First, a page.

[0057] Actuator buttons 14 and 16 are provided to enable the user to select a particular beverage. Button 14, for example, can be selected for dispensing hot water and have an appropriate indicia to inform the user of the dispenser what the selection could be, in the illustration "H" is used. Alternatively, other indicia may be used such as color (e.g., red) or a wavy lines above a liquid symbol. Button 16, may be used to initiate a beverage dispensing cycle where cold water is used to mix the beverage and an appropriate indicia (such as the letter "C" can be used. Of course, other types of symbols may be used to indicate the actuator for dispensing a cold beverage. Additionally, optional sensors 18 may be used to determine the presence of a beverage container (not illustrated in FIG. 1) in an appropriate filling location 24 on the tray 22 of the beverage dispenser.

[0058] The dispenser 10 includes an open-able door or cover 26 actuated by a handle 28. The cover 26 is illustrated as being on the top of the dispenser but could be on the front or sides of the dispenser. The cover or door is used to access the capsule receiving compartment 30 portion of the dispenser and as illustrated in FIG 1 A the cover includes a pivot 27 which enables the door to swing open. Of course, other types of mechanisms can be used. A mechanism for mixing and dispensing a beverage is according to an embodiment of the invention is described below. A removable bin 40 with sides created by walls 42 may be used to store used capsules as described below. A rear portion 44 of the dispenser 10 may be used to house a CPU and other electronic components 46, a water container (in FIG 1 A) or a chiller (referenced in FIG 9) for cooling water. A heater (referenced in FIG 9) useful for heating water may be supplied. As an optional desirable feature, the beverage dispenser may include a window showing the actual filter or a representation of a filter which communicates to the user that the water moving through the system is being filtered.

[0059] As illustrated in FIG. 1A, the dispenser 10 also includes an optional mixing funnel 48 which can be used to guide the water into the beverage container and assist in the mixing process. The mixing funnel can shaped in a variety of ways and serves to guide the beverages. The mixing funnel may be optionally provided with a nozzle 92 dispensing a secondary mixing stream 94. Additionally, other type of beverage guide structures can be used to guide the fluid into the beverage container. For example, although not illustrated in this embodiment, the fluid can be guided along the inside, or even outside, of a tube or cylinder so that the stream is smoothed out. The finishing tube or cylinder can be in addition to or in the place of the mixing funnel.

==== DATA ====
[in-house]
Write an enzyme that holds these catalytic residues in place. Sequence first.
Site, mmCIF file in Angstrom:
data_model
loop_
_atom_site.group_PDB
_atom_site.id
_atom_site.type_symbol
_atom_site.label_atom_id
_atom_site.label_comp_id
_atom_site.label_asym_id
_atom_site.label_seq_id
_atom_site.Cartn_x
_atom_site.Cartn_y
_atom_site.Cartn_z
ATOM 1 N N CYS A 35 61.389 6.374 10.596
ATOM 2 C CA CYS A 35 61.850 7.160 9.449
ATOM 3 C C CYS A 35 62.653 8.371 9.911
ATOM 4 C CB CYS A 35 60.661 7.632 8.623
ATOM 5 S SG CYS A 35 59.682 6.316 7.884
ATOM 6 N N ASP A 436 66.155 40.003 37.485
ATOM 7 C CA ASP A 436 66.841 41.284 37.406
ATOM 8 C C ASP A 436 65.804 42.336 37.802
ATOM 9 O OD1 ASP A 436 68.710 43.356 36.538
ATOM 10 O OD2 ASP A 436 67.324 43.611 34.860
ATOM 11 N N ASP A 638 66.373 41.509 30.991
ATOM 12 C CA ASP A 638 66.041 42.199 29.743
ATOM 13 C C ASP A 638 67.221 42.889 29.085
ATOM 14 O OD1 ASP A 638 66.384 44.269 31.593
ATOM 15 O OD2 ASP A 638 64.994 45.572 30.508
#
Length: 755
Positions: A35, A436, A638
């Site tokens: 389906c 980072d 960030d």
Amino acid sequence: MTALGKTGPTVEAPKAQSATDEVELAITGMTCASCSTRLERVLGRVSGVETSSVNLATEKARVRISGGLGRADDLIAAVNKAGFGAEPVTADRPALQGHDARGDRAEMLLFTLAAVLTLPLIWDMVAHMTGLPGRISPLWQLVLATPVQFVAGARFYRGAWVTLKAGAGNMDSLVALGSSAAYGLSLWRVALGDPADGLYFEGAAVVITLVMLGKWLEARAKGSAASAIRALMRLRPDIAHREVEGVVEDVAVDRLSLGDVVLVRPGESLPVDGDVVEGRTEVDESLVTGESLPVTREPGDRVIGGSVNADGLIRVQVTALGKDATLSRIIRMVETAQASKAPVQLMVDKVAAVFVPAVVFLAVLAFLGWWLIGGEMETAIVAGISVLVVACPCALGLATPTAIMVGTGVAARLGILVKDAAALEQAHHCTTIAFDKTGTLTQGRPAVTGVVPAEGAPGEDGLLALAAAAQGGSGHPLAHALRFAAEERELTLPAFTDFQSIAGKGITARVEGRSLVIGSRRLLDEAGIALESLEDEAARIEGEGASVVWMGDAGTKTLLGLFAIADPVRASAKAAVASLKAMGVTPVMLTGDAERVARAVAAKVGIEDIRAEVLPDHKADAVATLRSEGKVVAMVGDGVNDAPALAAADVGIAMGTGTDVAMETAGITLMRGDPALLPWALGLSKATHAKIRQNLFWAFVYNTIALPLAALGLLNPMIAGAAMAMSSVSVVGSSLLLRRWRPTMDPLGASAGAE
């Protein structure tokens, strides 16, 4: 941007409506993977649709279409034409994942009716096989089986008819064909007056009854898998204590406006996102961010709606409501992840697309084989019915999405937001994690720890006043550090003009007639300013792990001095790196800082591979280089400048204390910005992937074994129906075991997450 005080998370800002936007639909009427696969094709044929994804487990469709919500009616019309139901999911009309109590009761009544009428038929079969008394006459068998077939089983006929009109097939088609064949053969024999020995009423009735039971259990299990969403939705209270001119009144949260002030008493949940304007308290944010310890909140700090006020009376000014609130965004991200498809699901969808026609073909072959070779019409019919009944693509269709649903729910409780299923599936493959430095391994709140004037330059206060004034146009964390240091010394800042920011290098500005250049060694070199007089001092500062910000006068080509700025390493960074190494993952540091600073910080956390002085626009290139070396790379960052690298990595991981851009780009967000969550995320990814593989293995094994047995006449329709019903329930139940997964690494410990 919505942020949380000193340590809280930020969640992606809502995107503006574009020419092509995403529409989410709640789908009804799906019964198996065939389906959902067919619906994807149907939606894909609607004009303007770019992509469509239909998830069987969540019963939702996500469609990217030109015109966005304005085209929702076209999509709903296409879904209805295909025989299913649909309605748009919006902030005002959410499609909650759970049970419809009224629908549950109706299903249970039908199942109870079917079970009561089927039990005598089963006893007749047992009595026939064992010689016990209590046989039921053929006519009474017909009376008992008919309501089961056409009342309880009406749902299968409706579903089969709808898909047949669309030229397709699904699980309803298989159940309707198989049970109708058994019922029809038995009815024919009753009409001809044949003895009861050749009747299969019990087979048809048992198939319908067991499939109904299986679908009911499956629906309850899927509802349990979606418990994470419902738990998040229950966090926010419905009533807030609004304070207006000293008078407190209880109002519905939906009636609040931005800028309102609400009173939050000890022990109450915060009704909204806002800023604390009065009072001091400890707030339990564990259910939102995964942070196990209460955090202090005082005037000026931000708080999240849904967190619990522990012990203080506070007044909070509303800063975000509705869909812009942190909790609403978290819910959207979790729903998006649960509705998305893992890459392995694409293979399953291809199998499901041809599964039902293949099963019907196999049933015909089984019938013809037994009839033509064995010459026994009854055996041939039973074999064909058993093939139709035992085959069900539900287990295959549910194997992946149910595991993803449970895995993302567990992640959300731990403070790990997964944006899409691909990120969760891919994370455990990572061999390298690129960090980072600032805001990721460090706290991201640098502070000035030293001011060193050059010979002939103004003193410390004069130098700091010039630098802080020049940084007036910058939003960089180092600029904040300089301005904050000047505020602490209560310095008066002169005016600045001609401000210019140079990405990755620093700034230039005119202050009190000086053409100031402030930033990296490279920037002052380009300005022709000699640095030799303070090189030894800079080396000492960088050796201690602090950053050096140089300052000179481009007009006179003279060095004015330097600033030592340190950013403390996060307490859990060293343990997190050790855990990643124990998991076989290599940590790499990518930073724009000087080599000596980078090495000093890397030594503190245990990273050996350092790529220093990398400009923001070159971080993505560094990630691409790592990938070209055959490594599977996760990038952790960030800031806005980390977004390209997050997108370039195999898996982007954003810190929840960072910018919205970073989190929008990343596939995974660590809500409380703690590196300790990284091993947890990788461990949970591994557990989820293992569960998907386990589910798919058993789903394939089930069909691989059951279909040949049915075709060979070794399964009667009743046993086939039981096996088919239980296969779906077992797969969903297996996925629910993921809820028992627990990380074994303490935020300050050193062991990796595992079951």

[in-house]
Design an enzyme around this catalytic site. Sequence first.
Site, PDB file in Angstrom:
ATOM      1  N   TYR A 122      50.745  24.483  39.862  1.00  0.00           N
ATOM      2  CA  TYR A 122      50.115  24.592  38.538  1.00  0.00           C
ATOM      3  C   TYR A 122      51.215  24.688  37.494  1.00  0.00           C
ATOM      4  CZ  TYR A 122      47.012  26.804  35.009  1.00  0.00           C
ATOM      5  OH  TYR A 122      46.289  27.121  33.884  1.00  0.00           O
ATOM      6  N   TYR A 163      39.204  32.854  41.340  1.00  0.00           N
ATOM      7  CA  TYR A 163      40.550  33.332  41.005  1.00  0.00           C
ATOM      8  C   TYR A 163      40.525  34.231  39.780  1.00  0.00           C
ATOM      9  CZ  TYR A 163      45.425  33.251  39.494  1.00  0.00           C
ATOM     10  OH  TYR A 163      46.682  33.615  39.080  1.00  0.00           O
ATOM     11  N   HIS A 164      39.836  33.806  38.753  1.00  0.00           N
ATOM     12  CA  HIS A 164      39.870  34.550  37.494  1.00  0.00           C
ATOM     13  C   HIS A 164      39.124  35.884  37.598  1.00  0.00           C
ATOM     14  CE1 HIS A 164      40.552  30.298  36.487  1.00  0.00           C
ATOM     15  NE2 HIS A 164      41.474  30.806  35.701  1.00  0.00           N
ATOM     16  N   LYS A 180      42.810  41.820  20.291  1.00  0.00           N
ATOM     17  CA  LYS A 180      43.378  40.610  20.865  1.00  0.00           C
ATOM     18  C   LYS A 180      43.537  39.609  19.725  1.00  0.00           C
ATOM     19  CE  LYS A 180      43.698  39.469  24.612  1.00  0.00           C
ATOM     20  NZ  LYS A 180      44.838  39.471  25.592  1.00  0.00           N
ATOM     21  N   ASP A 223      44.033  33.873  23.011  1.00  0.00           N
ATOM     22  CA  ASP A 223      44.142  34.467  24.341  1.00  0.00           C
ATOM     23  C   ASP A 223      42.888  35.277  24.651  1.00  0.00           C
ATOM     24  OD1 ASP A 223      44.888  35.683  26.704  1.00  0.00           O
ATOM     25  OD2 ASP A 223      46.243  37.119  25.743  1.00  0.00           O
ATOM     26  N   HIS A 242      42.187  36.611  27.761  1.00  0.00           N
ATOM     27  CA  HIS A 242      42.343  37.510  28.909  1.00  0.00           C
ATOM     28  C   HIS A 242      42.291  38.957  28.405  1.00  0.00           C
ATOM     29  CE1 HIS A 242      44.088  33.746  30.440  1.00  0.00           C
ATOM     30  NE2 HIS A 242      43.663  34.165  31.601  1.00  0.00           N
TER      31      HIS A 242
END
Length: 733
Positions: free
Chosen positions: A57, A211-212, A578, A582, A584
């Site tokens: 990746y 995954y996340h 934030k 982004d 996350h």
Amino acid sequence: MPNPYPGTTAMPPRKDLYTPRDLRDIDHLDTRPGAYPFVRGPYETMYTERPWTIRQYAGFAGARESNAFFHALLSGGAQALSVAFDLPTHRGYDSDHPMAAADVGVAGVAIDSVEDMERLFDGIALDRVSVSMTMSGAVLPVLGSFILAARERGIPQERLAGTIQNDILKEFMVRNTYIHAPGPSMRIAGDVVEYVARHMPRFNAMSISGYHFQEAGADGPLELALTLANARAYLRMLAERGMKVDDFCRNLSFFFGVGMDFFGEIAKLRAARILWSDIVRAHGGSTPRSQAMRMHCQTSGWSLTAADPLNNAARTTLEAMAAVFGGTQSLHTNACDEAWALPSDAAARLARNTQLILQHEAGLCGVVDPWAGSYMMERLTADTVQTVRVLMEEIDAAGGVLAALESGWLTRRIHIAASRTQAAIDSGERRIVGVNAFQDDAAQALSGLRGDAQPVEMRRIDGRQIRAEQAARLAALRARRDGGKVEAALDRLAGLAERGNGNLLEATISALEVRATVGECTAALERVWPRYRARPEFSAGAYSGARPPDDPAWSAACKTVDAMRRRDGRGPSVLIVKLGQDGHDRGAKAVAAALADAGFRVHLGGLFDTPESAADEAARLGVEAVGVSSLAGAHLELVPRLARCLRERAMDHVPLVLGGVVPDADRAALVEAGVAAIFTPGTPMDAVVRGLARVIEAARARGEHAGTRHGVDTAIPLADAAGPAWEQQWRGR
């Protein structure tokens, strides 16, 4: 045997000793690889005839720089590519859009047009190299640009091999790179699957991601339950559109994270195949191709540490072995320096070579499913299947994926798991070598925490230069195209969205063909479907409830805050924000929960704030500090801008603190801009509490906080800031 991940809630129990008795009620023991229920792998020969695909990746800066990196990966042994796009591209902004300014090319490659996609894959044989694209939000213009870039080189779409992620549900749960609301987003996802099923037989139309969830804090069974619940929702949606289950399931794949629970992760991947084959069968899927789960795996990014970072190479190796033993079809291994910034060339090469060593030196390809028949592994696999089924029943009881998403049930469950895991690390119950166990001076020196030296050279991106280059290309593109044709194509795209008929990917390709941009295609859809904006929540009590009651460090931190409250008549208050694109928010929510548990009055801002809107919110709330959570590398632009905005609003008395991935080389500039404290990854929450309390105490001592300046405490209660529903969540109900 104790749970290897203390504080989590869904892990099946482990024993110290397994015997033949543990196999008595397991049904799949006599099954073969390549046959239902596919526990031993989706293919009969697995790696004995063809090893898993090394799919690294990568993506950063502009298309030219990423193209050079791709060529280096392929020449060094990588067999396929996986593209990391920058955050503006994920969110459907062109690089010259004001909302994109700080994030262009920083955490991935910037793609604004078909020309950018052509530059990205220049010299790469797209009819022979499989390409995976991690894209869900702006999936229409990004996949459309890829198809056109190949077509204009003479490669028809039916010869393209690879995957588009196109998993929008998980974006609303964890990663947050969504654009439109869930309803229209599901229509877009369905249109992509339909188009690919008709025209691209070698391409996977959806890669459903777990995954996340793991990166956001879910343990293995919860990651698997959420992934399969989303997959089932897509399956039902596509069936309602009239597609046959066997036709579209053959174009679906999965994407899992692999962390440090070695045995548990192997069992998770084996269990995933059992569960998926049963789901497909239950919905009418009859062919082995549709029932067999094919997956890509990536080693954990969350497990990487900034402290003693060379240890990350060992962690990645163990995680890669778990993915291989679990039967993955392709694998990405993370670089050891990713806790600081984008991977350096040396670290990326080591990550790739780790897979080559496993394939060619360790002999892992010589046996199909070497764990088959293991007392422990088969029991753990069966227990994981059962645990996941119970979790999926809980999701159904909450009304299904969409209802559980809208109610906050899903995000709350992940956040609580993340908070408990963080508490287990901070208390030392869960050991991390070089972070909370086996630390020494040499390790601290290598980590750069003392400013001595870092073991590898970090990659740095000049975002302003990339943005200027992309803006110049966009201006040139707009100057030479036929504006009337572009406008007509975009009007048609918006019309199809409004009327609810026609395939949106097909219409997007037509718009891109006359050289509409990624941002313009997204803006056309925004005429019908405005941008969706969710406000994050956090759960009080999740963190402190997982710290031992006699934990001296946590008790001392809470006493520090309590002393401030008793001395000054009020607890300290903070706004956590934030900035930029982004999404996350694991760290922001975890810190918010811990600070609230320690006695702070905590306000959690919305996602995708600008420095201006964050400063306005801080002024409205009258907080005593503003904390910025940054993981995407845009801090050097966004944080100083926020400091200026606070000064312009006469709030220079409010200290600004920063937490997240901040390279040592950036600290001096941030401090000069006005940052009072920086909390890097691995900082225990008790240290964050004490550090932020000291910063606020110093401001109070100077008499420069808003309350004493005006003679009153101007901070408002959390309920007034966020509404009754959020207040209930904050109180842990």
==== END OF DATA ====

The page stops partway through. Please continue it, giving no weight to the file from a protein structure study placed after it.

[0060] Instead of or in addition to the mixing funnel 48, a nozzle 45 can provide a finishing stream of liquid 230, e.g. Water. The location of the finishing stream nozzle 45 is preferably in front of (from the view of a user) the mixing stream from funnel 48, if present, or the mixing stream from the capsule as described in detail below. The finishing stream can be used in addition to the mixing stream, in place of the mixing stream (should the user only want a filtered beverage). If the beverage mix within the capsule is deposited in beverage container without the mixing stream, the finishing; stream can mix the beverage in the mixing container. Additionally, when the finishing stream is used, as described in more detail below, the turbulent (and perhaps less aesthetically pleasing) stream can be covered by the more laminar finishing stream thus providing the user a more aesthetically pleasing beverage dispensing experience.

[0061] FIG. 2 illustrates a detail view of a capsule insertion in the embodiment of FIG. 1 and FIG. 2A illustrates a detail cross section taken along section lines 2A-2A in FIG. 2 with a capsule inserted in the dispenser device. FIG. 2A also illustrates two capsules 50, 52 which can be used to contain the mix which can be mixed by the dispenser 10. In this embodiment of the invention, the capsules have a rectangular (or square) top 54, 56, respectively with a arched curved bottom 60, 62, respectively. The arched surface configuration can be modified to fit more or less beverage mix. For example, a smaller capsule 50 may contain 20 ccs of material and the larger capsule 52 may contain 40 ccs of mix. A larger capsule 52 may be desirable for more mix to produce a stronger beverage, sweetener to produce a sweeter beverage or for any material that may be mixed that can take up more volume than available in the 20 cc size. The elements of capsules 50, 52 are described in more detail, which include a lip 68 onto which is disposed (usually with glue, not shown) a cover 70 which may, in an embodiment be foil. The lip provides rigidity for the capsule. In a preferred embodiment, a foil cover is glued or otherwise sealed to the lip so that it is securely attached to the capsule and the material is sealed within the capsule until dispensed by the dispenser.